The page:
Global Discovery v3
Syncthing uses Global Discovery v3 protocol to find devices over the internet.
Local Discovery Protocol v4
Now if you device is located on LAN or a locally broadcasted domain, Syncthing uses Local Discovery protocol v4 to identify devices.
Relay Protocol v1
Syncthing uses Relay Protocol v1 to relay data between two devices, which cannot connect with each other directly.
Syncthing Setup Process
Now for the tricky bit for our Syncthing review – the setup process. Since Syncthing doesn’t require any subscription, just download the software or app onto your device and start using it. For complete security and anonymity, it is better to use Syncthing on Linux. However, it can be configured across multiple platforms.
For our demonstration, we will be synchronizing files from our Windows PC with an Android device. When you download the software on Windows, just unzip the downloaded files and run the program, you won’t require any elaborate installation. Once the software launches, you will see the following interface on your web browser:
Next, you will have to add a device with which you want to sync your data. In this case, we used our Android phone. Once you have downloaded and installed Syncthing app on Android, you will have to share the Device ID with both the devices so that they can communicate with each other
This can be done by emailing the device ID of your PC to your device and entering the ID. Another method is by scanning the QR code of your Windows PC on your Android device. When we scanned the QR code, a notification appeared on our PC, showing our Android phone’s Device ID.
When you have added the device ID for both the devices, restart Syncthing on each device. This was an annoying part while reviewing Syncthing, as you have to restart the software after every step.
Now, the next step is to create a folder on one of the devices. If the folder is already created, simply share it with the device for synchronization.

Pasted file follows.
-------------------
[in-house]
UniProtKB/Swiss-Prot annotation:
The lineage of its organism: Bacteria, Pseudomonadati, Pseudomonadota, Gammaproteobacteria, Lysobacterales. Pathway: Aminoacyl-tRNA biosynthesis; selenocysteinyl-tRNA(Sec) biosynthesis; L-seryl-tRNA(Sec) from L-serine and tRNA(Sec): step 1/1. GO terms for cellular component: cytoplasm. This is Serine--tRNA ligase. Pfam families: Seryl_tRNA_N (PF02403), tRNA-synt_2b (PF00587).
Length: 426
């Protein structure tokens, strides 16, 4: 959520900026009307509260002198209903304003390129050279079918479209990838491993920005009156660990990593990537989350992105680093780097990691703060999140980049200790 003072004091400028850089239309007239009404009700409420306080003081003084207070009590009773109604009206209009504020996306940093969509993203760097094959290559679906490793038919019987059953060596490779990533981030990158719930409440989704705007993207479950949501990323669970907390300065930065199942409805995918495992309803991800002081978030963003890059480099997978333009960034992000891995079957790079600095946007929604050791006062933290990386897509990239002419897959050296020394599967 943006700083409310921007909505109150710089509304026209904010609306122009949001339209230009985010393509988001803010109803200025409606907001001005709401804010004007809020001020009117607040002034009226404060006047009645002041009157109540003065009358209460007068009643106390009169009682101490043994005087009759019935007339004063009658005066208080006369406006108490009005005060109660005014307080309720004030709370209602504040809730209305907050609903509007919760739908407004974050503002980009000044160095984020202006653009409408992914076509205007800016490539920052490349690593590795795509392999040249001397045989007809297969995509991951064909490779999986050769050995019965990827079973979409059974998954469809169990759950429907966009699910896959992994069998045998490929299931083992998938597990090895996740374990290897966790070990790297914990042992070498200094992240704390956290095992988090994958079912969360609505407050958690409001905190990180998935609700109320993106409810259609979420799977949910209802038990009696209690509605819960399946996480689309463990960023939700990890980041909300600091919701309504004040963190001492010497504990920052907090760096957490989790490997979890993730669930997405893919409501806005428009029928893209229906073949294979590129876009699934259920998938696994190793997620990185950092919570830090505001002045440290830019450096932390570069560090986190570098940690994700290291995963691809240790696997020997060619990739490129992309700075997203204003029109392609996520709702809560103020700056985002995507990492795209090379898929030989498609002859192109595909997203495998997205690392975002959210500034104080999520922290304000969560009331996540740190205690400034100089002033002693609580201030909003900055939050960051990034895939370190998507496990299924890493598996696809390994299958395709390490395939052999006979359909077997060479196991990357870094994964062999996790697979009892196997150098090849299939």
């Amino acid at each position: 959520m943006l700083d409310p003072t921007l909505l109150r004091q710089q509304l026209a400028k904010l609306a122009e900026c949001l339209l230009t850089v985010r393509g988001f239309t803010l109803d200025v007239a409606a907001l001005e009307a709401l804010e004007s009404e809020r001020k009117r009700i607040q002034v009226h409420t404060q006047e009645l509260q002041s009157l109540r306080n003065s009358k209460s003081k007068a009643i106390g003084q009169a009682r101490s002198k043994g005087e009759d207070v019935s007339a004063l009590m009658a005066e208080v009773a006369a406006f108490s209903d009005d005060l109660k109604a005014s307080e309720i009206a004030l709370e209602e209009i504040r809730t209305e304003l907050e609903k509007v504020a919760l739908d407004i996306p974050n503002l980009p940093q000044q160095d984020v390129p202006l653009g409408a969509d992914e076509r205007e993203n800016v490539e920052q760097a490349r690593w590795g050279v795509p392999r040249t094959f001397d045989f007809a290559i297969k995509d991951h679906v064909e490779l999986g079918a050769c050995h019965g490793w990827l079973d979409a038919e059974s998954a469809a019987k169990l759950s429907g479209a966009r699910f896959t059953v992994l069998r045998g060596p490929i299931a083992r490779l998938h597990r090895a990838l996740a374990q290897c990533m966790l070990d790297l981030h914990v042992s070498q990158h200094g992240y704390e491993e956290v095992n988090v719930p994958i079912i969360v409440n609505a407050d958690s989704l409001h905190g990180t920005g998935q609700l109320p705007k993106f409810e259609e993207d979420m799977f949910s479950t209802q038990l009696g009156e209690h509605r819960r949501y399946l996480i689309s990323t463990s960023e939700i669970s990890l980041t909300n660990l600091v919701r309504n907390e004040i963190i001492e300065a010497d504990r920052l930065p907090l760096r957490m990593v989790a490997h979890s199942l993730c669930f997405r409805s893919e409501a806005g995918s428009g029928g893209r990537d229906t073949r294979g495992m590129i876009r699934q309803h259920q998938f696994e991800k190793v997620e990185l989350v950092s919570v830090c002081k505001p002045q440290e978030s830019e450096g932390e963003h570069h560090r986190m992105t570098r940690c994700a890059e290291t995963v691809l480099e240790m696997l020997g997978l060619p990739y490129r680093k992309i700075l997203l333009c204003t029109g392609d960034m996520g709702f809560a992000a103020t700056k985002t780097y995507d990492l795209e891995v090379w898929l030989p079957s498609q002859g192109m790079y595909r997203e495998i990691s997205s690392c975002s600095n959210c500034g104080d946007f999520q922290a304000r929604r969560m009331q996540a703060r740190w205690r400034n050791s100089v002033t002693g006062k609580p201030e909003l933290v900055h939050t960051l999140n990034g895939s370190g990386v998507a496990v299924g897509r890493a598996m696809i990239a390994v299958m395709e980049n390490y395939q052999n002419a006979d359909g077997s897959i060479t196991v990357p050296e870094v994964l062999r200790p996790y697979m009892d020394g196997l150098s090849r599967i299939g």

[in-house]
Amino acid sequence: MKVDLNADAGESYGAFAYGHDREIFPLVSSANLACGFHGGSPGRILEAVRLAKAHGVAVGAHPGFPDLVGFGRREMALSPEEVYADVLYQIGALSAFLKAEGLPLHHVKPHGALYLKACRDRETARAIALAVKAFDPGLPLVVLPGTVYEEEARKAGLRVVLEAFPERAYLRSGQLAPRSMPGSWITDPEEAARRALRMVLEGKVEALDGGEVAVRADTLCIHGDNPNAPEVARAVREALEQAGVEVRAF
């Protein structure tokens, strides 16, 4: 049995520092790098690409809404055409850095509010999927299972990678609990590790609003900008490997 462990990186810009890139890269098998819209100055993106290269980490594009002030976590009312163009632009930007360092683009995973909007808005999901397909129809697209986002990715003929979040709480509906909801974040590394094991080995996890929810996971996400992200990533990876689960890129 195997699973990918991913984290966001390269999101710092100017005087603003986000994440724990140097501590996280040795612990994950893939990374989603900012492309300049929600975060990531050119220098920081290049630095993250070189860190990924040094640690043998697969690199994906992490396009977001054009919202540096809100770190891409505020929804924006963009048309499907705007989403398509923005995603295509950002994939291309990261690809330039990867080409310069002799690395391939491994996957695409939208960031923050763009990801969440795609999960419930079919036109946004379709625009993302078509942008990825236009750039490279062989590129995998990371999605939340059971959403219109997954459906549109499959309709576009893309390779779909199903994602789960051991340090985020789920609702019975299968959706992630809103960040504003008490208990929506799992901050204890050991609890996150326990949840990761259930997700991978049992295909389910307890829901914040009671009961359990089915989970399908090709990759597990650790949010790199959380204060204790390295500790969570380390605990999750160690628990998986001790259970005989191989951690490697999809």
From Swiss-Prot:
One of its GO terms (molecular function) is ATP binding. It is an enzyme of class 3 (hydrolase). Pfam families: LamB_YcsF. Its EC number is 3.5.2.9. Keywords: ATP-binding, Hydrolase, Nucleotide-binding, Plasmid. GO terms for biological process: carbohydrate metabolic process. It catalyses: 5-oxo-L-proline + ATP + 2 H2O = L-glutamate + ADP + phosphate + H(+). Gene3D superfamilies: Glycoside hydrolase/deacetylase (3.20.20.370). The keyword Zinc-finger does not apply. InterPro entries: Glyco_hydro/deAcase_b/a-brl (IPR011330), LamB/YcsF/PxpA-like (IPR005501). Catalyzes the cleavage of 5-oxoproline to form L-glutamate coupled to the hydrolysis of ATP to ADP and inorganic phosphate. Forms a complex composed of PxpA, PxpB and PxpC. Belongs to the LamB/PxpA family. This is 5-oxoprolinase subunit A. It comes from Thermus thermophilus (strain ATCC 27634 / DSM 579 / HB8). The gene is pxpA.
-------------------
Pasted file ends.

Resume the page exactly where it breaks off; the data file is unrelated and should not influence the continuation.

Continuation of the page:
When you have created the folder, the files should now transfer to the corresponding folder on the other device. In this case, the files held on our Windows PC folder synced with the folder created on our Android phone. However, if you delete files from one folder, the files will also delete from the folder on your other device. You can turn on the ‘Folder Master’ feature, which will ignore any changes made to the folder.
Syncthing vs. BitTorrent Sync
For our Syncthing review, we compared the software to BiTorrent Sync. Syncthing offers similar features as BitTorrent Sync, however, there are subtle differences between the two. Both services are used for the same purpose, to share data among two or more devices. Here’s how Syncthing differs from BitTorrent Sync:
- Syncthing is open source, while BitTorrent Sync is not open source
- Syncthing has documented protocols, BitTorrent Sync doesn’t
- BitTorrent offers app for iOS and Syncthing has its iOS app in beta testing phase
In an exception to these technical details, we used both the services for comparison. BitTorrent Sync has a better UI and sharing files between different devices is much easier. Syncthing has a complicated setup process, and while our demonstration looks easy, we ran into many difficulties while connecting our two devices.
To wrap things up, Syncthing is a lightweight file synchronization software. From our Syncthing review, it is clear that this FOSS application provides far better security and privacy as compared to other commercial software. The main reason for this is down to how Syncthing works.
Since you provide the hardware for data storage, there are no third parties involved, keeping your data safe and secure at all times. Its documented protocols and end-to-end encryption add another layer of security.
However, the setup process can be very tedious and complex. For not so tech savvy users, synchronizing multiple devices can be a nightmare. We found it difficult connecting two of our devices. Syncthing should look into this issue and try to make the process simpler and easier for all users. Nevertheless, when you finally get to sync your devices, there is no better file synchronization service than Syncthing.